Ohmi Finch by Dr Ross Walker

Sexing Common Waxbills (Gender classification) — カエデチョウの性別判定

Common Waxbills are not visually dimorphic to any great extent, but there are some subtle phenotypical cues that can be used to help determine their gender

So let me state the obvious first, like almost all finches, the male Common Waxbill sings (a rather harmonic-laden song at that), while females lay eggs. Both of these cues are of little use when trying to determine the gender of individuals in a newly-purchased group. In terms of phenotyical differences between hens and cocks it can be said that cocks tend to have a greater extent of red on their breast than hens. I have found this to be true to some extent, but there are also many hens and cocks that have similar amounts of red on their breast, especially if they are still quite young specimens.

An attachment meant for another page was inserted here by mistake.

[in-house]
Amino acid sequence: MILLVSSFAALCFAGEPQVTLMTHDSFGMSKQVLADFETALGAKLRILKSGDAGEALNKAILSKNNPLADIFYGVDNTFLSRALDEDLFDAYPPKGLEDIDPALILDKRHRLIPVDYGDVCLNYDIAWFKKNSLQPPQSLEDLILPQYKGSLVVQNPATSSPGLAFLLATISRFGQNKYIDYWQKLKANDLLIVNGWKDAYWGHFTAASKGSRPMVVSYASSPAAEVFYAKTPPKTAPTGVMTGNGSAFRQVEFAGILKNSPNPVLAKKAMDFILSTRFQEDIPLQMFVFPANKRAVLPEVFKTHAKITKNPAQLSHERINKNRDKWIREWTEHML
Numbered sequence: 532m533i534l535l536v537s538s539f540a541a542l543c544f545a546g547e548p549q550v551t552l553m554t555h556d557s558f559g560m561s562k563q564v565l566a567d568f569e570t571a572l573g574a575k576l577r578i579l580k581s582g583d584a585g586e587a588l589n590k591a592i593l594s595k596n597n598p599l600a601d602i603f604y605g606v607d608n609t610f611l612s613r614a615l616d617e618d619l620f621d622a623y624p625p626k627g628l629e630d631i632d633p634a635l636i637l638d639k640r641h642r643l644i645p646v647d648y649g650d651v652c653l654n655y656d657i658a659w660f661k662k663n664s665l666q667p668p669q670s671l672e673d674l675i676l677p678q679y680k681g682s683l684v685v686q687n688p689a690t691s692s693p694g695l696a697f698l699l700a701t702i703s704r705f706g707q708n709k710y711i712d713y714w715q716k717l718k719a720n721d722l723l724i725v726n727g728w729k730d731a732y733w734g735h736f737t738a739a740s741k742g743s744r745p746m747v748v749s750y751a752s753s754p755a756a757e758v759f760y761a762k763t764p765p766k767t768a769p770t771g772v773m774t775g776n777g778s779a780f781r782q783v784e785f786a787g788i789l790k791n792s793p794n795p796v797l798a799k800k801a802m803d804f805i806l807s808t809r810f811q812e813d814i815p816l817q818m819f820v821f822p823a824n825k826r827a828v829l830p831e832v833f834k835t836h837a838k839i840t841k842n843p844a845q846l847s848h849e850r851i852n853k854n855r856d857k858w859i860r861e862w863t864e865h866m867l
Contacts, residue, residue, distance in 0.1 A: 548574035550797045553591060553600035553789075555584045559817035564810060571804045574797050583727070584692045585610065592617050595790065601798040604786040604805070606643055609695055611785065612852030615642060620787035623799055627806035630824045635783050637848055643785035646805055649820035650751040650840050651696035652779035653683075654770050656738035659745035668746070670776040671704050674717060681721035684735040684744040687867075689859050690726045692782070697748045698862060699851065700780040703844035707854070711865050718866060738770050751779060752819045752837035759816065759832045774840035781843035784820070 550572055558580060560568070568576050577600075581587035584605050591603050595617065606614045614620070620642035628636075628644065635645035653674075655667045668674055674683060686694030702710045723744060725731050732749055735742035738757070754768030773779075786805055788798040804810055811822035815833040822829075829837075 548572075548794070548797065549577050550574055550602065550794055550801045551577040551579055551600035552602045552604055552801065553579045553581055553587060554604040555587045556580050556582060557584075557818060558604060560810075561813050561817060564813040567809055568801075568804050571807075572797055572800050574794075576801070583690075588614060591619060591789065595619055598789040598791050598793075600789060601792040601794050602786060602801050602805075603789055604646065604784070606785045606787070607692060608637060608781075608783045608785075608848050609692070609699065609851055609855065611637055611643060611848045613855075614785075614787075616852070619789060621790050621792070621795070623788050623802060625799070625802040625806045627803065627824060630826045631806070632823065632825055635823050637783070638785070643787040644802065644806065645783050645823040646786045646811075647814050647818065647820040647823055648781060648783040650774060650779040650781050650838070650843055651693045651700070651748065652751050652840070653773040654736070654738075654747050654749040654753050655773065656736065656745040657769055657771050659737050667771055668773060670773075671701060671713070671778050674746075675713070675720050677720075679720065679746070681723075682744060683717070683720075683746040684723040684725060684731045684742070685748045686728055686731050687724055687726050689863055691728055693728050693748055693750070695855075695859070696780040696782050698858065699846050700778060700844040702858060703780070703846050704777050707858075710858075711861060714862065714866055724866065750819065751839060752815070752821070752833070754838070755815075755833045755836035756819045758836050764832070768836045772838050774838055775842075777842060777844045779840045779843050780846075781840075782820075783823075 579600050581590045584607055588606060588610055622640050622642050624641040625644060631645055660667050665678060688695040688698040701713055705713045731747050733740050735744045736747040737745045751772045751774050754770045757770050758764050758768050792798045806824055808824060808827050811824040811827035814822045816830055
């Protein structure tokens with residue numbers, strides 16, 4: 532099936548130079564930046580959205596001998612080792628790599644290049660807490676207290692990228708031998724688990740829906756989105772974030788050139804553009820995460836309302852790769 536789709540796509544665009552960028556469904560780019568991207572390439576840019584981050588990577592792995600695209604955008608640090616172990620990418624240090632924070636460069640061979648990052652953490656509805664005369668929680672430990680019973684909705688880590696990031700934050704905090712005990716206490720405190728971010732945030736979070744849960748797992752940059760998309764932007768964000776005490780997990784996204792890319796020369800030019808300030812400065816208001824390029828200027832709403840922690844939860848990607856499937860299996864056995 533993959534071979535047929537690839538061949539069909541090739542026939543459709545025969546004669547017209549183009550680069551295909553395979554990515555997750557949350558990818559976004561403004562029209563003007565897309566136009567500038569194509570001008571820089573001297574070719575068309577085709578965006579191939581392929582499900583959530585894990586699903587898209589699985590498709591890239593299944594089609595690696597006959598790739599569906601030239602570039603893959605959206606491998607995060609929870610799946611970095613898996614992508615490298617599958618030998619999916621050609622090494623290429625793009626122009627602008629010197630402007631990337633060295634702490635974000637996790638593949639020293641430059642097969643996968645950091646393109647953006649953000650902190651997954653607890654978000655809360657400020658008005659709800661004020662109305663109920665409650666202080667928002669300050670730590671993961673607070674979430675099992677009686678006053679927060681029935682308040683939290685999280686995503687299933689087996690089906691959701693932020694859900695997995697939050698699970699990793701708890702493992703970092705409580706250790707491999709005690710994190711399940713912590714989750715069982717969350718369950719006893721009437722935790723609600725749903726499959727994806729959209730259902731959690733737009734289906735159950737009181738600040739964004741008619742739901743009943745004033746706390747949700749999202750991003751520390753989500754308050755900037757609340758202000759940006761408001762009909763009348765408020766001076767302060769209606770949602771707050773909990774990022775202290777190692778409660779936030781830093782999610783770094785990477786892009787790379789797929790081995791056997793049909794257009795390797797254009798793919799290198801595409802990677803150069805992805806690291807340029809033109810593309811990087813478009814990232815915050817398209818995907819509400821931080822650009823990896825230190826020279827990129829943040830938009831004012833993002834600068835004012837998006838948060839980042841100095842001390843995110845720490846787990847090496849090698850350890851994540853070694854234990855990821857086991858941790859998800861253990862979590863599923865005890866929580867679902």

Perhaps the strongest phenotypical discriminator of Common Waxbill gender is the colour of their vent and undertail coverts. As can be seen in the image below of my eight specimens, even young cocks have deep black in this area, extending from the coverts to just past the vent area, and sometimes even extending up into the belly area. The brown areas on the belly of the cocks are also a darker shade than that of the hens.

Hens on the other hand tend to be much browner in the area of the vent and undertail coverts. Although you can also find black areas here, especially on the underside of the tail feathers, their vent areas tend to be heavily diluted with brown.

The images below show three adults (bottom right), age unknown because they were imported as wild-type specimens. The remaining five specimens were all only two months of age when these images were taken, so still quite young. However, those marked as cocks were practising their singing and already had deep-black coverts and vents.

Ohmi Finch by Dr Ross Walker